Why Dr. McCoy was not a whiny bitch

McCoy, Kirk and Spock are all about to die as their bodies are de-atomized over a period of several agonizing seconds.

McCoy, Kirk and Spock are all about to die.

Everyone in the original Star Trek was quite condescending to Bones whenever he got fretful about using the transporter.

Yet Dr. McCoy had solid, philosophical reasons for being freaked out by the device. Basically, the transporter disassembles all your molecules, and then reassembles them somewhere else. (Assuming something doesn’t go horribly wrong in the process, as it did in pretty much every other episode.)

It’s an existentialist nightmare.

So that means when you voluntarily use the transporter, you’re opting for death via de-atomization over a period of several agonizing seconds. Sure, a copy of you will go on, but who knows, maybe it will be the evil copy of you, or perhaps the machine will screw up, and you’ll end up with Mr. Spock’s wang protruding from your forehead. In either case, it doesn’t really matter, because the you that you are at this moment (which granted, is also an illusion of sorts, but that’s a subject for another time) is going to die. And presumably it hurts a bit to be de-atomized. Did anyone else ever think it took quite a long time for them to stop “sparkling”? It’s seconds at least. Now imagine what that feels like, having your atoms ripped apart over a period of several seconds. Having trouble? Pluck out a few nose hairs. Now imagine that in every molecule of your body for several seconds.

His crewmates should have cut Bones a little slack; let him take the shuttlecraft if he wanted. Besides, when you’re fighting Tiranglian Lizard people, or reprogramming a rogue computer, the doctor’s only going to be helpful in stitching you up afterwards. (Or whatever “non-barbaric” technology” Dr. McCoy used.)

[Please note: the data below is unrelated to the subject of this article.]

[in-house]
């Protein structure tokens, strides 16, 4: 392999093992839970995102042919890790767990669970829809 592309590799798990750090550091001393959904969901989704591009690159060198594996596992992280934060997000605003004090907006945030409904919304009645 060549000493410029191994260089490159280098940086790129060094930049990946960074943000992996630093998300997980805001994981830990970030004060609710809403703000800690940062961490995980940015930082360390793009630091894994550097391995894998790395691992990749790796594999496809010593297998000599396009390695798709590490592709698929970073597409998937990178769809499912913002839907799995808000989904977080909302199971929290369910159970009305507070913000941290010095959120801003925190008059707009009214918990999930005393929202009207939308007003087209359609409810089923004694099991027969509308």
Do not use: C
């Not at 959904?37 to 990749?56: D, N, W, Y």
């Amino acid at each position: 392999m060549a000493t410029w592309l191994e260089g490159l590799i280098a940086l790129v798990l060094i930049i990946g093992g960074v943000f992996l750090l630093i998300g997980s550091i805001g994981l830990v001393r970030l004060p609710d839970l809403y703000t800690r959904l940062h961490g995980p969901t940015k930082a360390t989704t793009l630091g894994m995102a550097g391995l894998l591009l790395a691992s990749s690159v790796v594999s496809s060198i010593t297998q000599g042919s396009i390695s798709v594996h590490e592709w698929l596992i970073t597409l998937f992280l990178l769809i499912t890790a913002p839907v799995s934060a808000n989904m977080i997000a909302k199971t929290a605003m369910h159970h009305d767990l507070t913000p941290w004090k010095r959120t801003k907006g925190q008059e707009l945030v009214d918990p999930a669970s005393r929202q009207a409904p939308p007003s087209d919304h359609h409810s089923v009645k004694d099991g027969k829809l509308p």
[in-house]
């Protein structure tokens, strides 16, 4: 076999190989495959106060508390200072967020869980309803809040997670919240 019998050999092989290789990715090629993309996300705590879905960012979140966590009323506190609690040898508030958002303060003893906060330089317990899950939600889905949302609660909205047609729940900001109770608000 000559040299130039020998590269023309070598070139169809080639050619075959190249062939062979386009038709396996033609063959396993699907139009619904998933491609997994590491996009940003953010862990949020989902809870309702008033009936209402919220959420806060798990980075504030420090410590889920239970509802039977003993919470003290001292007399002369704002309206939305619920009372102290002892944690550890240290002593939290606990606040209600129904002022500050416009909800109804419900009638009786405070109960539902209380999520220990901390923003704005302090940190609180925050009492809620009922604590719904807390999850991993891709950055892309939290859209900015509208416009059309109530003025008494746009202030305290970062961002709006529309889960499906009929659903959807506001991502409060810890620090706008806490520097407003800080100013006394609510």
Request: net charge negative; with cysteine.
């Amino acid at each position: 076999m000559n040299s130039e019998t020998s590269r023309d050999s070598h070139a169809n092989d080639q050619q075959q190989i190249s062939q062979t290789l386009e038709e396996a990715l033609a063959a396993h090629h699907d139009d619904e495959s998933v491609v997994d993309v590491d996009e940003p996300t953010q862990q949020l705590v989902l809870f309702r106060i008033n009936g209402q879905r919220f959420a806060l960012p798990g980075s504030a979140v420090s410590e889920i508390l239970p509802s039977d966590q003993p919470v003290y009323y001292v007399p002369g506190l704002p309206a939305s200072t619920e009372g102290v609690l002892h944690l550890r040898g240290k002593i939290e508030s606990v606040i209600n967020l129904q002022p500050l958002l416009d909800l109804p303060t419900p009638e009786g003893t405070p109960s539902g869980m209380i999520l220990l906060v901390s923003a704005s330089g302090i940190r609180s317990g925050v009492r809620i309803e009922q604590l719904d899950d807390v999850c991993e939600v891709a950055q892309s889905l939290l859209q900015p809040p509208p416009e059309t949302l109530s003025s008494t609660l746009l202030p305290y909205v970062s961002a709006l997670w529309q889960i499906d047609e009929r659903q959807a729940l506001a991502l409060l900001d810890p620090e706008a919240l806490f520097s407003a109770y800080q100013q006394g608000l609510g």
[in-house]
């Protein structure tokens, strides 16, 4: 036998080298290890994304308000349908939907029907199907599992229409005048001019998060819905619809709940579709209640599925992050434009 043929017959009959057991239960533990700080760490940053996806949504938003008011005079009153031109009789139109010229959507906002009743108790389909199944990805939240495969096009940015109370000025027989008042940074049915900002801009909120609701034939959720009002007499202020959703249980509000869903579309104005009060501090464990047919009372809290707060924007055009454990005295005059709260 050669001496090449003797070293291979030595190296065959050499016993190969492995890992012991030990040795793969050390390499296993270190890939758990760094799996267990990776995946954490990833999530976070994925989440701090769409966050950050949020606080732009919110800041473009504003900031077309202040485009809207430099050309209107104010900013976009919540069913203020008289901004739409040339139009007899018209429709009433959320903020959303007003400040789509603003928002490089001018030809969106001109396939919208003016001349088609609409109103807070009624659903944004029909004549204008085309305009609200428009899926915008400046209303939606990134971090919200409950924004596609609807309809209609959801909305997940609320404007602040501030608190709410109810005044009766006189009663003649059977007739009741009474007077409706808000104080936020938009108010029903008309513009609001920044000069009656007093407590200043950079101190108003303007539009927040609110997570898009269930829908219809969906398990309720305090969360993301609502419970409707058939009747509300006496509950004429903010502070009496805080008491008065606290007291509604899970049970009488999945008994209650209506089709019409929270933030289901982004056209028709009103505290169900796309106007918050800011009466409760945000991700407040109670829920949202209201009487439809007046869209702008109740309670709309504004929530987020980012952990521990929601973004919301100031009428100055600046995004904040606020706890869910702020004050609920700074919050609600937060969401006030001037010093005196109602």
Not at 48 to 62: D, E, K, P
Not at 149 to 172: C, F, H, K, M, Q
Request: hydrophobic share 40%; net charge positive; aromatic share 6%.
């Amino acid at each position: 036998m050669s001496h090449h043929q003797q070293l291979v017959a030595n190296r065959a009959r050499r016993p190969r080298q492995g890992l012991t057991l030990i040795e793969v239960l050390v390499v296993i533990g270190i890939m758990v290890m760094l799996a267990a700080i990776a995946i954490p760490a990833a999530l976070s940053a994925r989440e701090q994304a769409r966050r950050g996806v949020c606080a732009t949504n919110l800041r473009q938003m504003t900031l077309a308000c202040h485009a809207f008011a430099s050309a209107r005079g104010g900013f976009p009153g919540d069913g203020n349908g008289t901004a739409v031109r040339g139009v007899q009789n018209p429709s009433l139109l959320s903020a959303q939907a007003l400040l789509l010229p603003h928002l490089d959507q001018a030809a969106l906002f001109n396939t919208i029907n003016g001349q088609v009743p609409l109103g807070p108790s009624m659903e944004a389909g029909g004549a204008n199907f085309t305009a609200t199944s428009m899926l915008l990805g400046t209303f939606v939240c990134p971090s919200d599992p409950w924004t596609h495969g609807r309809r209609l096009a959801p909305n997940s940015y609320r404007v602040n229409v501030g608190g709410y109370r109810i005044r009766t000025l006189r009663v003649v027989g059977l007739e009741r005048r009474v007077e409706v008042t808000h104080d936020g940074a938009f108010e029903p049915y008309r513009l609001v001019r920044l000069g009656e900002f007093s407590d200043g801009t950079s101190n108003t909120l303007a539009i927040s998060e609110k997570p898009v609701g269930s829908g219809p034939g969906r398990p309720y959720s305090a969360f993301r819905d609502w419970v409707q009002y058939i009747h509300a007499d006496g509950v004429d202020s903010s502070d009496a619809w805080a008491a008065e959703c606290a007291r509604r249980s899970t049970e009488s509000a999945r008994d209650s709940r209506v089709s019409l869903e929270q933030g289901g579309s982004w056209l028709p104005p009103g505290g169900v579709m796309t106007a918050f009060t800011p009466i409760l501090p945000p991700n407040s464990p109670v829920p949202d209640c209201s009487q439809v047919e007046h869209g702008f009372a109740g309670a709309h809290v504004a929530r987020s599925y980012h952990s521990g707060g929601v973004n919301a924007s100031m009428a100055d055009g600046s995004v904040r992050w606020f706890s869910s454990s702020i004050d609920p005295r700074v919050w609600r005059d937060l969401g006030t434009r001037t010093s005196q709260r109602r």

If anything, McCoy was pretty stoic about the whole thing. If it had been me, there’s no way you’re getting me onto the transporter pad:

“Mr. Rayner, put on your red shirt and step onto the transporter pad, we’re going down to the surface,” Kirk ordered the pudgy and pale-looking ensign.

“Nuh-uh!”

“Mr. Rayner, you’re going down to the surface with the rest of the landing party, where we’re all going to die. Well, you’re going to die. Bones and Spock and I will be fine.”

“We all die every time we use the transporter!” Ensign Rayner cries.

“Don’t make me beat you.”

“Frankly …” Mr. Rayner lifts shoulders. “I’d prefer that…” Mr. Rayner raises hands. “Jim.” Mr. Rayner thrusts hands forward.

Then Kirk decks him (ripping his shirt in the process).

Green-skinned dancing girls appear on the transporter pad and begin doing the Hippy Shake, while Spock raises an eyebrow.

Your Turn

Now, what other science fiction inventions would suck? High on my list would be the notion that “food in pill form” is a good idea. I definitely think that would be awful, though obviously not as much as soylent green. Also, artificial intelligence seems like a bad idea too. Am I missing any?

Transport yourself with some satirical fiction …

Alltop is also not a whiny bitch. Originally published May, 2009.

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10 Responses to Why Dr. McCoy was not a whiny bitch

  1. mentalmosaic May 5, 2009 at 7:16 am #

    You make an excellent point about Bones!

    And wasn’t there an episode in the Next Gen where the dr beamed someone back aboard using an earlier version of them that was stored in the memory of the transporter in order to avoid some disease? Anyway, I thought, hmmm… why don’t they just do that every time someone’s injured or sick in Star Trek? Just beam up an earlier, healthier, more intact version of them. Sick bay might go on strike, though.